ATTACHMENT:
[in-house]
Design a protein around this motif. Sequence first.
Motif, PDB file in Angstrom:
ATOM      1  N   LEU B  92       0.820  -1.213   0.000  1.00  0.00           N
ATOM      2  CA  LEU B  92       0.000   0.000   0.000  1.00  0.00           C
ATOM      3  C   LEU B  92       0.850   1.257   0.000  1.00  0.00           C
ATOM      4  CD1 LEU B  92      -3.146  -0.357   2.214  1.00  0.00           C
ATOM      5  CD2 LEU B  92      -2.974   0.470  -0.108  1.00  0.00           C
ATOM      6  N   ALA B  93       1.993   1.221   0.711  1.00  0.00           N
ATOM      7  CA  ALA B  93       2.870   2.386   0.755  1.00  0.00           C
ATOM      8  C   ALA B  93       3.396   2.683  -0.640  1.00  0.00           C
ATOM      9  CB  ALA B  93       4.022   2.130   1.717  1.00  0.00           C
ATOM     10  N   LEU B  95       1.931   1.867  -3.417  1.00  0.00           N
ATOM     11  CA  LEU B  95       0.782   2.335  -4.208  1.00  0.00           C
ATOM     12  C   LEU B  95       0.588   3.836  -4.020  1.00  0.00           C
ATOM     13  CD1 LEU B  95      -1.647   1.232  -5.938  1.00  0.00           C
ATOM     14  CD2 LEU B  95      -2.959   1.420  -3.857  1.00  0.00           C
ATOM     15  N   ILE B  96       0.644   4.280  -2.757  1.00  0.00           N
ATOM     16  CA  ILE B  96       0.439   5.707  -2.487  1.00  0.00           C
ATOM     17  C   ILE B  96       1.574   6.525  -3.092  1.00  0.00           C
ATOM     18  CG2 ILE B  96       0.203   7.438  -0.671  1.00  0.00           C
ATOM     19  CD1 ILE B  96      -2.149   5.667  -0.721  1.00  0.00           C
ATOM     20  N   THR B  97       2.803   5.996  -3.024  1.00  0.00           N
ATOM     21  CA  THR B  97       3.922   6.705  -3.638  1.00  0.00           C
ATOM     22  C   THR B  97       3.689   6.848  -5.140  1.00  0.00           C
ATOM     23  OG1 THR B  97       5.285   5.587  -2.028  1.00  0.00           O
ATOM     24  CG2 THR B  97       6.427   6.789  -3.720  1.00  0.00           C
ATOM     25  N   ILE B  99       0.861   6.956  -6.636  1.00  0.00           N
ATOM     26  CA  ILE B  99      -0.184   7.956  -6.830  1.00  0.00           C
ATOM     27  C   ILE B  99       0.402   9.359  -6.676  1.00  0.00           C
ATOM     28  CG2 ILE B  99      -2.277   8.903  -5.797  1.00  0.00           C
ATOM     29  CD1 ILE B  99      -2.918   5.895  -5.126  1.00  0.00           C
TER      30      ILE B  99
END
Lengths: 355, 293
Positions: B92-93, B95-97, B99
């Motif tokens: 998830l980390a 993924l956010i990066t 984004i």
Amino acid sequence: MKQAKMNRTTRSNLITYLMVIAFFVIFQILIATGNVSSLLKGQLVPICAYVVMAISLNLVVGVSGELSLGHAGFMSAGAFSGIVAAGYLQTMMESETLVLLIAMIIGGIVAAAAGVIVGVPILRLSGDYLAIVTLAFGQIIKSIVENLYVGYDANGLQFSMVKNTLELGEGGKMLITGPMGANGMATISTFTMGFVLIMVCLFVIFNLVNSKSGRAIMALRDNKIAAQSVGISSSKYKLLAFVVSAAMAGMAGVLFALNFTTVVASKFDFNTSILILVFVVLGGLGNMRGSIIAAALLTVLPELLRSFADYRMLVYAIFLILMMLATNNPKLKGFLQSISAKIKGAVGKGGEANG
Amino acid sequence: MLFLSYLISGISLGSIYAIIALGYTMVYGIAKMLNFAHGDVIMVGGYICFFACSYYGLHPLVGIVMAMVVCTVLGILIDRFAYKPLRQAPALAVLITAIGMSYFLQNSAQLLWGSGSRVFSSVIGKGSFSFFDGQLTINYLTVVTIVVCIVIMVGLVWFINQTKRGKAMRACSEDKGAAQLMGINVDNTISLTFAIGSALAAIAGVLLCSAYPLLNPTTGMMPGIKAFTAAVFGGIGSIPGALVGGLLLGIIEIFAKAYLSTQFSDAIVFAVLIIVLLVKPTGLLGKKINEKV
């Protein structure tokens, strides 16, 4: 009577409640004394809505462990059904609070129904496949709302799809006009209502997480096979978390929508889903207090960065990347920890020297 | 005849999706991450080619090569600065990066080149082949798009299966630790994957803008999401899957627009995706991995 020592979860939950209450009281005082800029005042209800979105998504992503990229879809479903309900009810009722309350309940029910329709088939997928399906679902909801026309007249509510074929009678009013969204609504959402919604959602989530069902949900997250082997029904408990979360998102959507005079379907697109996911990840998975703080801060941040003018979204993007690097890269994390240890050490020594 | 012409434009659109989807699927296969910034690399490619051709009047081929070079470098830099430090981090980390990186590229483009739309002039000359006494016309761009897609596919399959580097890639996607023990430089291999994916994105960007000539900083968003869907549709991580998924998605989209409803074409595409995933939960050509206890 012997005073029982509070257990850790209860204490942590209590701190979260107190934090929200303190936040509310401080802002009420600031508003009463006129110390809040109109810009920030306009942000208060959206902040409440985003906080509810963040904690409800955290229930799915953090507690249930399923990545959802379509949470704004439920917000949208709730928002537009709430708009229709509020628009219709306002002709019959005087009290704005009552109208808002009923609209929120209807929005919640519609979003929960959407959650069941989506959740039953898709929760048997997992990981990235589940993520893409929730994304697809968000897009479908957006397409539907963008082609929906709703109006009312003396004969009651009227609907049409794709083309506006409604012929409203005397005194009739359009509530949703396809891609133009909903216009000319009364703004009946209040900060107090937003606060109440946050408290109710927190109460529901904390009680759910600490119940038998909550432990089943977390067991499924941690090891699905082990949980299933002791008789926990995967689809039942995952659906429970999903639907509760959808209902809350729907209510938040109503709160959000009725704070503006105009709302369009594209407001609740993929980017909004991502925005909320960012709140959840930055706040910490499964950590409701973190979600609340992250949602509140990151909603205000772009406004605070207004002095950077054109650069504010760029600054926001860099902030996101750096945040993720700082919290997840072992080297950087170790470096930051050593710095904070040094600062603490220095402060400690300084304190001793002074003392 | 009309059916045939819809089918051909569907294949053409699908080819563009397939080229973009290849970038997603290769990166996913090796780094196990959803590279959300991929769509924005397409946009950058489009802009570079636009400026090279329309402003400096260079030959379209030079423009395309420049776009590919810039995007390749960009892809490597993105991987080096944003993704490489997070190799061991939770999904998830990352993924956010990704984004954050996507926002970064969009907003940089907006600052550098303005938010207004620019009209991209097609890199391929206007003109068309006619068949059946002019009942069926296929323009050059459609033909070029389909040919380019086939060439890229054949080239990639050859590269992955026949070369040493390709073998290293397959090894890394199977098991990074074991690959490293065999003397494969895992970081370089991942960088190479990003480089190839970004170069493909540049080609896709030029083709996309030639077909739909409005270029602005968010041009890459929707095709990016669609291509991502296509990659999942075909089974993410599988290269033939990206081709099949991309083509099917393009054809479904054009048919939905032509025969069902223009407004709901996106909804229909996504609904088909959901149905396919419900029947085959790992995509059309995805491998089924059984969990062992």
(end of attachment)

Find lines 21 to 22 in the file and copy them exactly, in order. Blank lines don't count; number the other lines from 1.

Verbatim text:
ATOM     18  CG2 ILE B  96       0.203   7.438  -0.671  1.00  0.00           C
ATOM     19  CD1 ILE B  96      -2.149   5.667  -0.721  1.00  0.00           C